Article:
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Research supervision & interests

Georgia has supervised four Final Honours Scheme (FHS) medical students for their research theses and four medical students for their Special Study Modules (SSM) for the Oxford University Medical School, and has supervised three students for micro-internships. She welcomes undergraduate and graduate students on taught and research programmes who are interested in the following areas: 

  • preventable deaths and avoidable harms
  • pharmacoepidemiology and pharmaco-device-vigilance
  • open science, open data, and meta-research 

Georgia also welcomes contributions to:

Social media

Georgia C. Richards

DPhil (Oxon), BSc (Hons I)

Research Fellow

  • Post-Doctoral Research Fellow, GCHU, Kellogg College
  • Honorary Researcher & Tutor, CEBM
  • Associate Editor, BMJ Evidence Based Medicine
  • Fellow, RROx

Georgia is a Post-Doctoral Research Fellow at the Global Centre on Healthcare and Urbanisation, and an Honorary Researcher and Tutor at the Centre for Evidence-Based Medicine (CEBM). She completed her DPhil (PhD) in Epidemiology in the department and has expertise in quantitative observational research using open data, evidence synthesis, open science, and evidence-based healthcare. Her DPhil thesis is openly available here and her list of publications here

Georgia is an Associate Editor of BMJ Evidence Based Medicine, a Fellow of Reproducible Research Oxford (RROx), Centre for Open Science (COS) Ambassador, on the Scientific Committee for the annual EBMLive conference, a member of the Catalogue of Bias Collaboration, a member of the Steering Group for the Declaration to Improve Health Research, and a member of OPeRA, Open Pain Research Advocacy and Appraisal, a group of early-career researchers, academics, and clinicians working collaboratively to improve the transparency and openness of research. 

DPhil research

Georgia's research assessed the global and national use of strong pain medicines called opioids, which is widely published, including:

  1. a systematic synthesis of pharmacology databases and onomastics to develop the Oxford Catalogue of Opioids published in the British Journal of Clinical Pharmacology
  2. a systematic review exploring factors associated with high-dose opioids published in BMC Medicine and written for The Conversation
  3. a cross-sectional study of opioids included in 137 national Essential Medicines Lists and the relation of opioid consumption published in BMJ Global Health
  4. a cross-sectional study of controlled opioids consumed in 214 countries and non-metropolitan territories, published in the British Journal of Pain
  5. a retrospective observational study on the sales of over-the-counter codeine-containing products in 31 countries (pre-print here), and OTC sales of codeine in the UK in preparation for publication
  6. a retrospective synthesis of 3000+ coroner case reports called, Prevention of Future Deaths (PFDs), to examine opioid-related deaths, which is also in preparation for publication. The methods used to automatically and reproducibly collect PFDs is published in Nature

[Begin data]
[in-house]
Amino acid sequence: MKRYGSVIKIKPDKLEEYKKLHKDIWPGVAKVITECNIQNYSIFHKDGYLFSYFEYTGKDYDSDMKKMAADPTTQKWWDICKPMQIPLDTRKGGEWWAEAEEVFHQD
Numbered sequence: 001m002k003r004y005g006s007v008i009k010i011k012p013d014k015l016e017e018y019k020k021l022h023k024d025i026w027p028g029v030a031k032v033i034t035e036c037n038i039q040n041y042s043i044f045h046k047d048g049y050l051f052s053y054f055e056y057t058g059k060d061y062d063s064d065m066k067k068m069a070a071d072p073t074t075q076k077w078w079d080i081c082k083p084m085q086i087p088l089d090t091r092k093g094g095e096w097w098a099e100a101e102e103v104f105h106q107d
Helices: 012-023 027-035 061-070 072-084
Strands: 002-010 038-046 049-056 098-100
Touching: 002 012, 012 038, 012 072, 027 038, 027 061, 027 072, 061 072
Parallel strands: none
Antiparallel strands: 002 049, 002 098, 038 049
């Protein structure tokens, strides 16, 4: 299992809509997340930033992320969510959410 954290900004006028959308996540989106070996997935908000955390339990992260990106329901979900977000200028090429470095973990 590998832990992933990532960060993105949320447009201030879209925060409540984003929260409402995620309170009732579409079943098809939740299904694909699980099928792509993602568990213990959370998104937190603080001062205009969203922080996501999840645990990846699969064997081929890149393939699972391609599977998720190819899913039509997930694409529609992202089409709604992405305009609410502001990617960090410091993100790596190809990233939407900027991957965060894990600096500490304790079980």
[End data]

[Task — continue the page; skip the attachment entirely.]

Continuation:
7. a journal series in BMJ Evidence Based Medicine entitled Coroners Concerns to Prevent Harms to disseminate key learnings of pertinent PFD case reports and Georgia is developing the Preventable Deaths Tracker to increase the accountability of responses to PFD reports.  

Georgia's DPhil was based in the Centre for Evidence-Based Medicine and she worked with members of the EBM DataLab. During her DPhil, she was the early-career representative on the EBMLive Steering Committee and co-led the 2019 Doug Altman Scholarships, which funded 14 early-career researchers from across the globe to attend EBMLive in Oxford. This led to various outputs including an editorial in The BMJ, opinion pieces in BMJ EBM on challenges facing early-career researchers and building capacity in low-middle-income countries, and a review in the Journal of the Royal Society of Medicine. Georgia chaired the 2019 Steering Committee and report for the 4E's Forum to Improve the detection, analysis and reporting of harms in medicines held in Erice, Sicily. 

Prior to Oxford

Georgia gained a BSc in Biomedical Science and First Class Honours in Pharmacology from the University of Queensland, Australia. In 2016, Georgia was awarded the Australian Women of the Future Award, Judges Choice Winner, for her passion and dedication to continue pain research and help others. Before starting her DPhil, Georgia worked as a medical researcher and health scientist in Australia. 

Declarations, disclosures, & competing interests

I was financially supported by the NHS National Institute of Health Research (NIHR) School for Primary Care Research (SPCR), the Naji Foundation, and the Rotary Foundation to study for a Doctor of Philosophy (DPhil) at the University of Oxford. My travel to conferences has been funded by QANTAS & the Australian Women's Weekly (IASP 16th World Congress on Pain 2016; Australian Pain Society 36th Annual Scientific Meeting 2016), Kellogg College (Preventing Overdiagnosis 2018), the SPCR (Clinical Pharmacology Colloquium 2018Pharmacology 2019), the Centre for Evidence-Based Medicine (4E's Forum 2019) and the Canadian Institutes of Health Research, the Ontario SPOR Support Unit and the St Michael's Hospital Foundation (Global Essential Medicines Meeting 2019). 

Recent publications

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